January 2, 2015
READ: Job 40:1-14
I have said too much already. I have nothing more to say (v.5).more›
My daughter posed an excellent question to me: What’s the connection between Proverbs, Ecclesiastes and Job? The first two seem so . . . contradictory. And the book of Job is a saga all on its own!
Philip Yancey points out the irony of Ecclesiastes following Proverbs in the Bible. Proverbs portrays life as it ought to be: do good things and prosper. Do bad things and suffer. Ecclesiastes, conversely, reads almost like a biblical Eeyore (from Winnie the Pooh): Oh well, what’s the use? We’ll all end up dead anyway.
Job brings perspective to those viewpoints. Industrious and moral, Job lived well and life had been good. But then disaster struck. His friends insisted that only the wicked suffer (therefore, Job was wicked). His wife advised him to “curse God and die” (Job 2:9). They were so wrong.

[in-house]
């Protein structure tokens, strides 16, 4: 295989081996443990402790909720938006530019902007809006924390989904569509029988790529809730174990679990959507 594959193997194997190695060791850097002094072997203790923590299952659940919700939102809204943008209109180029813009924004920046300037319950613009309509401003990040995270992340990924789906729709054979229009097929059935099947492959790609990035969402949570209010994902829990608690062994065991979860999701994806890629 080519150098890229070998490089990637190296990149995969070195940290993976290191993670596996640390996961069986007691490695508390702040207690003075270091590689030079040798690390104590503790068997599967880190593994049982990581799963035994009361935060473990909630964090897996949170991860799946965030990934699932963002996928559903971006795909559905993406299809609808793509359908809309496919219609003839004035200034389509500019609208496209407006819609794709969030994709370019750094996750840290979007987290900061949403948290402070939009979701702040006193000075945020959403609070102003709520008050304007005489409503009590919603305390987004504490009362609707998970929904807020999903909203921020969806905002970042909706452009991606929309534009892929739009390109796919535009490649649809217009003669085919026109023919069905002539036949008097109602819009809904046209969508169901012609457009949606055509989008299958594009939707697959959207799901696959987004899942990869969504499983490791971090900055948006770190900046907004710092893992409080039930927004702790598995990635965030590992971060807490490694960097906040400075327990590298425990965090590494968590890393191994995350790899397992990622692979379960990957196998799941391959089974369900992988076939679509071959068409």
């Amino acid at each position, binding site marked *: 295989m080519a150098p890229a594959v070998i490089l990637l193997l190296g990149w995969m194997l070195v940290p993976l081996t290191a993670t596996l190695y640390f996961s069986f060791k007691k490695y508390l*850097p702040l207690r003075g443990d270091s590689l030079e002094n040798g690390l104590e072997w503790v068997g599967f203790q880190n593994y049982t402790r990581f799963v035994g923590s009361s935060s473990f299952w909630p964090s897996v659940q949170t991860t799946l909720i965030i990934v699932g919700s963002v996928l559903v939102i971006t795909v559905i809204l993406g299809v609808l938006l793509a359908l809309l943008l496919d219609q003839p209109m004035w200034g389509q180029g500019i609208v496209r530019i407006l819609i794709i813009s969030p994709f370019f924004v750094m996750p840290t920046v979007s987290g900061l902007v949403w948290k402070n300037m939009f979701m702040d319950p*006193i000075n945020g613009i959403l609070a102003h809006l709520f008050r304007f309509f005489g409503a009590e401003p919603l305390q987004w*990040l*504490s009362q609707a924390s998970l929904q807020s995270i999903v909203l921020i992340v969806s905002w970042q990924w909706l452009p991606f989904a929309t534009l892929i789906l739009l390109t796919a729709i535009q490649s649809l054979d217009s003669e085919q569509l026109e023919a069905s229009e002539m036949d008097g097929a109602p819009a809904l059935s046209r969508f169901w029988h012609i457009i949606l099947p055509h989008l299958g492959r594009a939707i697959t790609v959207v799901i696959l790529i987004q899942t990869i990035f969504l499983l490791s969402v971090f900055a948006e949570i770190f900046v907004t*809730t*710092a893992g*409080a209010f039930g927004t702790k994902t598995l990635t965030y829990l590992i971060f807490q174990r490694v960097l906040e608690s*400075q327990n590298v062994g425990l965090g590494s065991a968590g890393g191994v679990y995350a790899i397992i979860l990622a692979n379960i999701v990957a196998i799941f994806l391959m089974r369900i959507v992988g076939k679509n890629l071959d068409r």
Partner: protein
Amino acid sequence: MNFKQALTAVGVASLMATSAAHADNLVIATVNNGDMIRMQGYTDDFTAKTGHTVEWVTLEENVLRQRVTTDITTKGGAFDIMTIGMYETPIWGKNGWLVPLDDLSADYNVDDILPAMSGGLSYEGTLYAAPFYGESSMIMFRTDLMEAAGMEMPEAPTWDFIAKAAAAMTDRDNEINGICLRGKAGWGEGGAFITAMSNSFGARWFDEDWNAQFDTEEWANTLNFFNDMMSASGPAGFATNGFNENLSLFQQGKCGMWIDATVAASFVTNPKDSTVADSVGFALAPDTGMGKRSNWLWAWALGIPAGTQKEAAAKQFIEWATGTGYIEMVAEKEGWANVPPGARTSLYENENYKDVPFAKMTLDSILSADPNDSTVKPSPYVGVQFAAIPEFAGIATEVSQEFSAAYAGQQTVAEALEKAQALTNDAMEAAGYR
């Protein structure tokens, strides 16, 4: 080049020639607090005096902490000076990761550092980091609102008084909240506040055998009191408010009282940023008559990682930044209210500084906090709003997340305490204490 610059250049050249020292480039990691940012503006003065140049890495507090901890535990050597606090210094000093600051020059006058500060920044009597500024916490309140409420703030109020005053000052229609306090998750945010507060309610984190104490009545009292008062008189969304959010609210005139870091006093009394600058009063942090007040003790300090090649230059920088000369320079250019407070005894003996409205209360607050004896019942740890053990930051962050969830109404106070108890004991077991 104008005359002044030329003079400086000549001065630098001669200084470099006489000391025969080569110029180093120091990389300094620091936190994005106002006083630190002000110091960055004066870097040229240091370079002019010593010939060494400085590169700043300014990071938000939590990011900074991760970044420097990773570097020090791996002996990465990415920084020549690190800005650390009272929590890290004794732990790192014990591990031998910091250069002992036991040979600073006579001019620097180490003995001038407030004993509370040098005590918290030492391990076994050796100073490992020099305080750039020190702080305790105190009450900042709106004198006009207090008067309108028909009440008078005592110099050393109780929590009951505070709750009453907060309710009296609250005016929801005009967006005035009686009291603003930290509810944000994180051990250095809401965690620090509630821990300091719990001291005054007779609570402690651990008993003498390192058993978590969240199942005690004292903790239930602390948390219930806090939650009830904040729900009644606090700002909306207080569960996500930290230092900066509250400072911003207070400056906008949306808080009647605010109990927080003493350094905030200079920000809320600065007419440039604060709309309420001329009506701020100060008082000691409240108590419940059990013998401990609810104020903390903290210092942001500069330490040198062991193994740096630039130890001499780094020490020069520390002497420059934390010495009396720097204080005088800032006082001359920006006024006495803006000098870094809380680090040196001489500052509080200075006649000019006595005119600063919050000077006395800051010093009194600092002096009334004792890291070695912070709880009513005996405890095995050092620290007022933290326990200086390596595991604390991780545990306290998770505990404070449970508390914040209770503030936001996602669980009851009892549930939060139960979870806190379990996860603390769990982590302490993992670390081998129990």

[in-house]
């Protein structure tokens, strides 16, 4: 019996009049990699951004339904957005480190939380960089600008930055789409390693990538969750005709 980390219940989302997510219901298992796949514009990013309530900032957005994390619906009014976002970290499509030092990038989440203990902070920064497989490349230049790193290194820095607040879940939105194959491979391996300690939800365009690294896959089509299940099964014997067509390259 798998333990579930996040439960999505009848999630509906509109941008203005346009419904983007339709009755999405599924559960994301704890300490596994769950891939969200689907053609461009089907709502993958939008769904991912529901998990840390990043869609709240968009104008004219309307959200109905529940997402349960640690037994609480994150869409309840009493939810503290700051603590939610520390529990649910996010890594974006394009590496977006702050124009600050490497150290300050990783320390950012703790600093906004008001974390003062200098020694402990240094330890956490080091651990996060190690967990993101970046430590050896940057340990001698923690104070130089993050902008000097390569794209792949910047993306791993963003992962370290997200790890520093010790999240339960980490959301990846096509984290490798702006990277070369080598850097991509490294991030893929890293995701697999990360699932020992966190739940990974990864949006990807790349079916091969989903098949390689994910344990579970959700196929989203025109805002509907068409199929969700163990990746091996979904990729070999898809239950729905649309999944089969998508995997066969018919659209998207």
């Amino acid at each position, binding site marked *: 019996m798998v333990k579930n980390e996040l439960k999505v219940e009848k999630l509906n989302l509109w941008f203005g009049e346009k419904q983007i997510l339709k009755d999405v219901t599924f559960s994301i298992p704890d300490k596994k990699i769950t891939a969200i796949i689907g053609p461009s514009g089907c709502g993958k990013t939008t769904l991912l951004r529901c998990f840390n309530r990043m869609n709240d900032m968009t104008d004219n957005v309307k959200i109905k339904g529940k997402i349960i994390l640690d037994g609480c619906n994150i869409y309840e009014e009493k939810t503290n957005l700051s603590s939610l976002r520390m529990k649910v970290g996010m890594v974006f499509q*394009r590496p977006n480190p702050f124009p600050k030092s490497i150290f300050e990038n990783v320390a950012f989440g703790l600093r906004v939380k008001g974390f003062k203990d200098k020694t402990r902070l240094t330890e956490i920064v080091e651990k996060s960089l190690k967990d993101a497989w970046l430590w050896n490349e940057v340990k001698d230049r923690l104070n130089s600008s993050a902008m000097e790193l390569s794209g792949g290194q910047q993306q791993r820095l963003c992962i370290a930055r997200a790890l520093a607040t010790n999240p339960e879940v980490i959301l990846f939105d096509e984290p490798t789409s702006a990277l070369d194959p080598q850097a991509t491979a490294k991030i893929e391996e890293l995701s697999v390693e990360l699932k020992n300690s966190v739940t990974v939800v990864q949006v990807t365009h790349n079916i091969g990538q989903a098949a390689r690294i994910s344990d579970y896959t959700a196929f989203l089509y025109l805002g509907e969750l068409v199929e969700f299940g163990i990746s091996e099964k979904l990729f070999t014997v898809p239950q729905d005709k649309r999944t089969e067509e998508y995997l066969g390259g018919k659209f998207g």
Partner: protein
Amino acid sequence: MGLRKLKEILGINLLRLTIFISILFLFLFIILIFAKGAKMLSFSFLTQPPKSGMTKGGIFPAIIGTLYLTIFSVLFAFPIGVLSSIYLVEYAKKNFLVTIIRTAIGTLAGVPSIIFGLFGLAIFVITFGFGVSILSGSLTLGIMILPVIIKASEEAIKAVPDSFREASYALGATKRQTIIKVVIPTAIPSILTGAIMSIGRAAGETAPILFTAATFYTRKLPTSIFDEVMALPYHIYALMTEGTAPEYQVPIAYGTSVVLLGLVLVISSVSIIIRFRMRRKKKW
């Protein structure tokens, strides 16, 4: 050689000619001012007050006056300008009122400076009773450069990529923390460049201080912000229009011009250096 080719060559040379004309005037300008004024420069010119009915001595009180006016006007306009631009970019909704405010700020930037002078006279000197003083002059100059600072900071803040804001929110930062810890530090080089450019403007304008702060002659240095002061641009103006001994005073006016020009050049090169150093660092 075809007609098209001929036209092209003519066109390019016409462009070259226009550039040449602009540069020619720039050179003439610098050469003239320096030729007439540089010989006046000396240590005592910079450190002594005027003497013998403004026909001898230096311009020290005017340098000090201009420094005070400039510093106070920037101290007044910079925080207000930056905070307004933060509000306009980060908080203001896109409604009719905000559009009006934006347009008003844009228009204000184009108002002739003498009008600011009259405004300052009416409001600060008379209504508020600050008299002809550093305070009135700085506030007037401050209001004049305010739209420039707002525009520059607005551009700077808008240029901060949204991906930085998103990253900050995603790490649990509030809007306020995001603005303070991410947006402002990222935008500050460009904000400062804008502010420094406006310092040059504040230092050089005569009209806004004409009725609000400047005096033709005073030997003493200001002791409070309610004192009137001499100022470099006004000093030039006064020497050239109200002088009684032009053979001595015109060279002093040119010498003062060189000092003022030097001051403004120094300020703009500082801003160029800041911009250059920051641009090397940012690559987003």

These three books work together. Proverbs is not a book of promises, but of instruction in how to live wisely. Ecclesiastes describes the folly of living for this life only. Job shows us that there is much more to life—and to God—than meets the eye. Many things remain beyond our understanding.
In the span of four chapters (Job 38-41), God gave Job a litany of unanswerable questions, prompting Job’s stark admission: “I am nothing—how could I ever find the answers?” (40:4). He then concluded: “I was talking about things I knew nothing about, things far too wonderful for me” (42:3).
It’s good to make wise choices, and Proverbs can help us to do that. It’s also good to understand life on this earth, and Ecclesiastes helps us to see that. Job shows us a glimpse of the mystery behind the curtain. God is there, and He is great. He’s also good. —Tim Gustafson
365-day plan› Genesis 2:15-3:24
Read Psalm 103 and see the themes of injustice, human weakness and God’s goodness that the ancient songwriter addressed.
What big questions do you want God to answer? What do you think He might be teaching you these days?